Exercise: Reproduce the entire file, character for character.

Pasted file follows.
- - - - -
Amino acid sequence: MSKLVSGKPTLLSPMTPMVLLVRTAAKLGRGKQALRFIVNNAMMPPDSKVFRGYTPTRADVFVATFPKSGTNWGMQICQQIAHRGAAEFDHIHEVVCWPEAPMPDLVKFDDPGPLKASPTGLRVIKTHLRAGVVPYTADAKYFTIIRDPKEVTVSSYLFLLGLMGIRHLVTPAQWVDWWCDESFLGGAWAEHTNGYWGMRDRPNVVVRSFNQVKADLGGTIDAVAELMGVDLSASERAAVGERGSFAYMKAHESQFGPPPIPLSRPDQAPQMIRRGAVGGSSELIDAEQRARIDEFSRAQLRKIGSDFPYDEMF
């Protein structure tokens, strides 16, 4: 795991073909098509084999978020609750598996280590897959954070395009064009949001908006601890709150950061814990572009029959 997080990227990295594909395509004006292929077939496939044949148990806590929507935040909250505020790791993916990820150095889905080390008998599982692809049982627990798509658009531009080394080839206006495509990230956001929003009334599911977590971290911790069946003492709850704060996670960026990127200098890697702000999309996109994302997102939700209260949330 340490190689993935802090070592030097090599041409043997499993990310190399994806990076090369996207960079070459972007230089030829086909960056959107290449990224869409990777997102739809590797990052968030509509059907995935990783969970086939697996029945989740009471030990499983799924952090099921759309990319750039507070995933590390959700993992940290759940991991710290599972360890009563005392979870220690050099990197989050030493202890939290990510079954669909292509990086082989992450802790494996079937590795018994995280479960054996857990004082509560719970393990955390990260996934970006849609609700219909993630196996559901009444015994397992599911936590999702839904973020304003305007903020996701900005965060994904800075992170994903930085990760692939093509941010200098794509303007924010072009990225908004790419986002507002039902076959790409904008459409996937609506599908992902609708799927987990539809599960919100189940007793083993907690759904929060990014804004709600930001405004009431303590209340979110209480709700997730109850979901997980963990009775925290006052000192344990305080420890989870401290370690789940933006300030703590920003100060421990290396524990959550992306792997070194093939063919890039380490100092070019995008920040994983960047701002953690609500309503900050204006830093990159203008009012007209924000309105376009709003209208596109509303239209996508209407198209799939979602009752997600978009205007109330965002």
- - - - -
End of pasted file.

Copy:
Amino acid sequence: MSKLVSGKPTLLSPMTPMVLLVRTAAKLGRGKQALRFIVNNAMMPPDSKVFRGYTPTRADVFVATFPKSGTNWGMQICQQIAHRGAAEFDHIHEVVCWPEAPMPDLVKFDDPGPLKASPTGLRVIKTHLRAGVVPYTADAKYFTIIRDPKEVTVSSYLFLLGLMGIRHLVTPAQWVDWWCDESFLGGAWAEHTNGYWGMRDRPNVVVRSFNQVKADLGGTIDAVAELMGVDLSASERAAVGERGSFAYMKAHESQFGPPPIPLSRPDQAPQMIRRGAVGGSSELIDAEQRARIDEFSRAQLRKIGSDFPYDEMF
């Protein structure tokens, strides 16, 4: 795991073909098509084999978020609750598996280590897959954070395009064009949001908006601890709150950061814990572009029959 997080990227990295594909395509004006292929077939496939044949148990806590929507935040909250505020790791993916990820150095889905080390008998599982692809049982627990798509658009531009080394080839206006495509990230956001929003009334599911977590971290911790069946003492709850704060996670960026990127200098890697702000999309996109994302997102939700209260949330 340490190689993935802090070592030097090599041409043997499993990310190399994806990076090369996207960079070459972007230089030829086909960056959107290449990224869409990777997102739809590797990052968030509509059907995935990783969970086939697996029945989740009471030990499983799924952090099921759309990319750039507070995933590390959700993992940290759940991991710290599972360890009563005392979870220690050099990197989050030493202890939290990510079954669909292509990086082989992450802790494996079937590795018994995280479960054996857990004082509560719970393990955390990260996934970006849609609700219909993630196996559901009444015994397992599911936590999702839904973020304003305007903020996701900005965060994904800075992170994903930085990760692939093509941010200098794509303007924010072009990225908004790419986002507002039902076959790409904008459409996937609506599908992902609708799927987990539809599960919100189940007793083993907690759904929060990014804004709600930001405004009431303590209340979110209480709700997730109850979901997980963990009775925290006052000192344990305080420890989870401290370690789940933006300030703590920003100060421990290396524990959550992306792997070194093939063919890039380490100092070019995008920040994983960047701002953690609500309503900050204006830093990159203008009012007209924000309105376009709003209208596109509303239209996508209407198209799939979602009752997600978009205007109330965002």